6th February 2023
Hugues Chevalier, Economist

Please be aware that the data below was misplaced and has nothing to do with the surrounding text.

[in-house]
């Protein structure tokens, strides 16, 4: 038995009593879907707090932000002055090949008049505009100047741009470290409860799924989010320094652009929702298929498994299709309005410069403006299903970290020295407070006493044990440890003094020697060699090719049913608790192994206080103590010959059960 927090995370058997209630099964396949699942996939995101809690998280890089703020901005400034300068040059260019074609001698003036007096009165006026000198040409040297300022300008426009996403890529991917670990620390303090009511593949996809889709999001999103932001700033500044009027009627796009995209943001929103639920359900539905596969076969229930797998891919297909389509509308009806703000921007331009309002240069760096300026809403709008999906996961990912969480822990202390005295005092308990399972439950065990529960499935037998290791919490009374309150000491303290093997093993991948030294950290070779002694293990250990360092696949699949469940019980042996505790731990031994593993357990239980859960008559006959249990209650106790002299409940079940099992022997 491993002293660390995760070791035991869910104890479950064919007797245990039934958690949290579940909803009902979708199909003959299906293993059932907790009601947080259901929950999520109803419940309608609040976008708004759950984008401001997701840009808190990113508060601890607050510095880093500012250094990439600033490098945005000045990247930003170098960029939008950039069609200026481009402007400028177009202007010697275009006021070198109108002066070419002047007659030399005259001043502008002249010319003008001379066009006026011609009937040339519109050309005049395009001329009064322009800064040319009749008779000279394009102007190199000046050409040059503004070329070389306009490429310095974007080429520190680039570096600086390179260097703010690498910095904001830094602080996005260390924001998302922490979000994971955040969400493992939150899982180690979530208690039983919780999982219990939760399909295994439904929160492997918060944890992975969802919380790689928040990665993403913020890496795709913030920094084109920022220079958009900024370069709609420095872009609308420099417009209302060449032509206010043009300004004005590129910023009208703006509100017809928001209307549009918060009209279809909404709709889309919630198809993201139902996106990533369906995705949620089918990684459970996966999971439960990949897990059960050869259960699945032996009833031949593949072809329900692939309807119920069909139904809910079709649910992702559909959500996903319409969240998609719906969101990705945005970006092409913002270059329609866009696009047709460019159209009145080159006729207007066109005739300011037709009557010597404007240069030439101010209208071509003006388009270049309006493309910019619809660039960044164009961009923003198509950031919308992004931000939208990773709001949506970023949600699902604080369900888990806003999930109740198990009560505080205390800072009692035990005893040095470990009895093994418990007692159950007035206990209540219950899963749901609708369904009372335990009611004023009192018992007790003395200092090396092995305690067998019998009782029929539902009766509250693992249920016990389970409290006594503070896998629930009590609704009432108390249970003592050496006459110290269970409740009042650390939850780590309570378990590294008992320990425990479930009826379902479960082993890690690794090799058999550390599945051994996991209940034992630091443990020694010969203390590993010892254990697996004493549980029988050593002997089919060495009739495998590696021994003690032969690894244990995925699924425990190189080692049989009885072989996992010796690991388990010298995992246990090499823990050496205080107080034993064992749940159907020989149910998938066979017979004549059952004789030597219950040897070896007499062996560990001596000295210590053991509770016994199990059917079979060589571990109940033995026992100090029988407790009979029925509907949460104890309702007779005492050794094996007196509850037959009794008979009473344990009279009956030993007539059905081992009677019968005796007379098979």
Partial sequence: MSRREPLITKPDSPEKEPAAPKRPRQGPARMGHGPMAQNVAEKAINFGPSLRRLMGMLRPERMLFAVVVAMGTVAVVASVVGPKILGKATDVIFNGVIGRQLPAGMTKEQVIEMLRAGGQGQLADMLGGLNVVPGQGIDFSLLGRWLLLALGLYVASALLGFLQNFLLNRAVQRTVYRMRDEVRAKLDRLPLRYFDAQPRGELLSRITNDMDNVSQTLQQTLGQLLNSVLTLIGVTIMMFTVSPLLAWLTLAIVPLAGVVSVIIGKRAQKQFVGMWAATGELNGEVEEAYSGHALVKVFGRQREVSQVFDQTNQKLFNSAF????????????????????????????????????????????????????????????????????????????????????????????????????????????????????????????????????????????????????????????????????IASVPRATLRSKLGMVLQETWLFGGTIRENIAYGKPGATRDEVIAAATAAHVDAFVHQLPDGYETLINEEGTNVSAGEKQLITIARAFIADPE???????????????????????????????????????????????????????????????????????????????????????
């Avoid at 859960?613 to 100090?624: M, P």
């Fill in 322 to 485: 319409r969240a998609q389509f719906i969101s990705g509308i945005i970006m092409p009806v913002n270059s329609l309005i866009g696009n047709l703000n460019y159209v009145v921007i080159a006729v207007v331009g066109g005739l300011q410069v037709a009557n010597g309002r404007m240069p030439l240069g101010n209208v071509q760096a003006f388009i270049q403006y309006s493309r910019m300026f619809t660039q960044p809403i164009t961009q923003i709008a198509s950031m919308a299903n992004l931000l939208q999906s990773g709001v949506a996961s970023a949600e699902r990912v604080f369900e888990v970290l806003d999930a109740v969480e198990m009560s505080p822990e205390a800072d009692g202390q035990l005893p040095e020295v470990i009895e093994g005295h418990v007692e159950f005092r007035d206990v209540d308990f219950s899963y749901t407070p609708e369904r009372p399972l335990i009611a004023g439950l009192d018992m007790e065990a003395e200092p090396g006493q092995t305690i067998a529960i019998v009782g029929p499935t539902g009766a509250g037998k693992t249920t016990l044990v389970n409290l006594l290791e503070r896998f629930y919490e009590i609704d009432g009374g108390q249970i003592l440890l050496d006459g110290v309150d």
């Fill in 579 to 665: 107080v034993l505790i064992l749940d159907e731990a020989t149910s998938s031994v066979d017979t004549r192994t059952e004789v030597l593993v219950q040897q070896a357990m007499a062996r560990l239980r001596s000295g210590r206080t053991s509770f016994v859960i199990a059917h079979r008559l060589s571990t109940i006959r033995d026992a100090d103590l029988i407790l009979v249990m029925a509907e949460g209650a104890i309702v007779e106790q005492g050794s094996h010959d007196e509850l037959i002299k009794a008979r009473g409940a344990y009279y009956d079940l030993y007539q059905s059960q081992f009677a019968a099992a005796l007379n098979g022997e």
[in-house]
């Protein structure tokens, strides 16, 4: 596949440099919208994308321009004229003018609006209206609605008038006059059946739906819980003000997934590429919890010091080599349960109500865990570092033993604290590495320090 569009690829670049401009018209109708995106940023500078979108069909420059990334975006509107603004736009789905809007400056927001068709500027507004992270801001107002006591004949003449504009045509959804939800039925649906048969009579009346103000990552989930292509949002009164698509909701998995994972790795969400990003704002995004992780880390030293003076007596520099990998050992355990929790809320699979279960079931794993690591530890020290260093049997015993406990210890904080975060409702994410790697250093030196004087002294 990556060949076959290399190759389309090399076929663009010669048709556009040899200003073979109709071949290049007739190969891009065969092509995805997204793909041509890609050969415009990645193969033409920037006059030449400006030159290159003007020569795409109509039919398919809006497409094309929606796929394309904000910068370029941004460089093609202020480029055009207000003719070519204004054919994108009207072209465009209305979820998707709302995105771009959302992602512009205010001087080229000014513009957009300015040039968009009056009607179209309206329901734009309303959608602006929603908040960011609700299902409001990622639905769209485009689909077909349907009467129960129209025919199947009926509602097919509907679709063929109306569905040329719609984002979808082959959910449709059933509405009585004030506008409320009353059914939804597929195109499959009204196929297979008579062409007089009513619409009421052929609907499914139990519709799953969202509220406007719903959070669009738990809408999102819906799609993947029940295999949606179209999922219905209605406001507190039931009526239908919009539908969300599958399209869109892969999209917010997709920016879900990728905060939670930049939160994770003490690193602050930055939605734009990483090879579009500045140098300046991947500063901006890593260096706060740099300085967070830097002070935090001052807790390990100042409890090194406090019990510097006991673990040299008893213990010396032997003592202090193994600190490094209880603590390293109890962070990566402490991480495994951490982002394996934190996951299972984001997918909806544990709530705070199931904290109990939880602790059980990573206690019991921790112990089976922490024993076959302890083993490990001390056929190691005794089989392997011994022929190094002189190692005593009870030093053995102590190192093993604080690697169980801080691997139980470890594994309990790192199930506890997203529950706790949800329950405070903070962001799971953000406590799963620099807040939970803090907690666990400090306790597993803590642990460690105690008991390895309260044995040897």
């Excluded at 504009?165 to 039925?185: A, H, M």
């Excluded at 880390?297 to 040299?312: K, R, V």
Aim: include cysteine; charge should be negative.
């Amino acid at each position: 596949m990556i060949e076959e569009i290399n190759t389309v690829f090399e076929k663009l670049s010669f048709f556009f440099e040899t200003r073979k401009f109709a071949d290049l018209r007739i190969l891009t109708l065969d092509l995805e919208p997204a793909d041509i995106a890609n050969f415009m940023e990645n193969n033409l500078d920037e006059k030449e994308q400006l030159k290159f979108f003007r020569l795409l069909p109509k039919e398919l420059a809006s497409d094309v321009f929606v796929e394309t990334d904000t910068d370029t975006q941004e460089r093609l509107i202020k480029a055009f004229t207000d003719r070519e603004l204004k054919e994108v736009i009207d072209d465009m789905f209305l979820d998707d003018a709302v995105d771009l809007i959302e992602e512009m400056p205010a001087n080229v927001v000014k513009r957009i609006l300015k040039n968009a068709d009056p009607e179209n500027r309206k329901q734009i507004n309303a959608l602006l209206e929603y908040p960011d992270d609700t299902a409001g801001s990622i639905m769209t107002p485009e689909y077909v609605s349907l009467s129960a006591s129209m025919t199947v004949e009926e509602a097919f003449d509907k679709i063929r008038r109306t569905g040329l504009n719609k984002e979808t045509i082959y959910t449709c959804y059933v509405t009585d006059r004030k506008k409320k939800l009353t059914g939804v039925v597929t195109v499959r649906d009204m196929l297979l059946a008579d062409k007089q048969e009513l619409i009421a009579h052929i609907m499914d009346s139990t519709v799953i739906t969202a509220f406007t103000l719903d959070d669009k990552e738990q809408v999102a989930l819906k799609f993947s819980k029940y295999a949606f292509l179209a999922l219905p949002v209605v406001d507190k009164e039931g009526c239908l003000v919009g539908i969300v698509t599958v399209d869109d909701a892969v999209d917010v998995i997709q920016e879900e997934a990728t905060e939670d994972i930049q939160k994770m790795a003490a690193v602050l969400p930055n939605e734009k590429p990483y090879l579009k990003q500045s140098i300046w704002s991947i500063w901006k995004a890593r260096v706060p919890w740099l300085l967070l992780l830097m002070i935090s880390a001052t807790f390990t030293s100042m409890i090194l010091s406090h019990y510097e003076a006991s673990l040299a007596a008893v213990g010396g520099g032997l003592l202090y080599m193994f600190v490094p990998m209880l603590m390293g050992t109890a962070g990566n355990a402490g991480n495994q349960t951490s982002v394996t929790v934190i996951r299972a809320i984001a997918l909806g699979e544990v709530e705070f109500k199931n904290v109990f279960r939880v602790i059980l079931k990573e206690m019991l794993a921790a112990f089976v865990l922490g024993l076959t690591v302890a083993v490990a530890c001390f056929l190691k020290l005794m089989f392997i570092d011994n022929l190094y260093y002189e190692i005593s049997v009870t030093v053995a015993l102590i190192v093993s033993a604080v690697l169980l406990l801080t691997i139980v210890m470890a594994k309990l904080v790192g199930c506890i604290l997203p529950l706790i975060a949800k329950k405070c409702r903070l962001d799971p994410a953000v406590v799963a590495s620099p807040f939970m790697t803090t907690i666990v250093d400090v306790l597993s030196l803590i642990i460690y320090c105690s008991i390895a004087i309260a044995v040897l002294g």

Last week, Economy Minister Robert Habeck announced a better than expected growth forecast for 2023 at 0.2%, compared to -0.4% three months ago. Germany, and consequently the whole Eurozone, should therefore escape a long recession this year. If a contraction in GDP was to occur, it would be short. This improvement is due to several factors. First, energy prices have turned around and returned to their 2021 level thanks to an exceptionally mild winter. Second, strong exports have supported production. Gas (and oil) prices have indeed fallen, while the halt in deliveries from Russia (more than 40% of German consumption) suggested a worst case scenario for this winter. The fall in energy prices since their late summer peak has obviously led to a fall in inflation (6% expected in 2023, compared with 7.9% in 2022). The fall in consumer prices has led consumers not to reduce their spending and to use the savings accumulated over the last two years during the Covid crisis. On the other hand, in industry, the end of bottlenecks and problems with the supply of raw materials and the fall in shipping prices have enabled German industry to maintain its production levels, whereas a contraction was expected. However, the economic situation is still subject to several major pitfalls, namely weak Chinese demand and the geopolitical risks associated with the war in Ukraine. But the country (and the rest of Europe) seems to have emerged from crisis management for the time being and can look forward to the next few months with more serenity.